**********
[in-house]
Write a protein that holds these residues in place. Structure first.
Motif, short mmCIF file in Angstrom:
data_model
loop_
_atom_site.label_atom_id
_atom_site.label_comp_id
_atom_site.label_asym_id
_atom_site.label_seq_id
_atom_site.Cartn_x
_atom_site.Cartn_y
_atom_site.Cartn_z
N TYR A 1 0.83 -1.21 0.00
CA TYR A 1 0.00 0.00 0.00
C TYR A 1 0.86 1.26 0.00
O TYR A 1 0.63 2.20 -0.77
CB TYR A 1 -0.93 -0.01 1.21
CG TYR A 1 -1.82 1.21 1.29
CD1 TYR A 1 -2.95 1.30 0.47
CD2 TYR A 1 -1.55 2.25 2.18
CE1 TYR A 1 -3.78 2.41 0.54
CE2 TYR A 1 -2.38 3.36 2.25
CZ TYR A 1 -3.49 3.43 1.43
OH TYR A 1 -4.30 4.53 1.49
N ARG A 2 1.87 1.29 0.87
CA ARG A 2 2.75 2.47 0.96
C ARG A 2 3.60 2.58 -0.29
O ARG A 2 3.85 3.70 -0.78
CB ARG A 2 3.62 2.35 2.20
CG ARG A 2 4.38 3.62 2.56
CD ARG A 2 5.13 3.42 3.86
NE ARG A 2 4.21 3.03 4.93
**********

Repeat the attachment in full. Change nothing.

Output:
[in-house]
Write a protein that holds these residues in place. Structure first.
Motif, short mmCIF file in Angstrom:
data_model
loop_
_atom_site.label_atom_id
_atom_site.label_comp_id
_atom_site.label_asym_id
_atom_site.label_seq_id
_atom_site.Cartn_x
_atom_site.Cartn_y
_atom_site.Cartn_z
N TYR A 1 0.83 -1.21 0.00
CA TYR A 1 0.00 0.00 0.00
C TYR A 1 0.86 1.26 0.00
O TYR A 1 0.63 2.20 -0.77
CB TYR A 1 -0.93 -0.01 1.21
CG TYR A 1 -1.82 1.21 1.29
CD1 TYR A 1 -2.95 1.30 0.47
CD2 TYR A 1 -1.55 2.25 2.18
CE1 TYR A 1 -3.78 2.41 0.54
CE2 TYR A 1 -2.38 3.36 2.25
CZ TYR A 1 -3.49 3.43 1.43
OH TYR A 1 -4.30 4.53 1.49
N ARG A 2 1.87 1.29 0.87
CA ARG A 2 2.75 2.47 0.96
C ARG A 2 3.60 2.58 -0.29
O ARG A 2 3.85 3.70 -0.78
CB ARG A 2 3.62 2.35 2.20
CG ARG A 2 4.38 3.62 2.56
CD ARG A 2 5.13 3.42 3.86
NE ARG A 2 4.21 3.03 4.93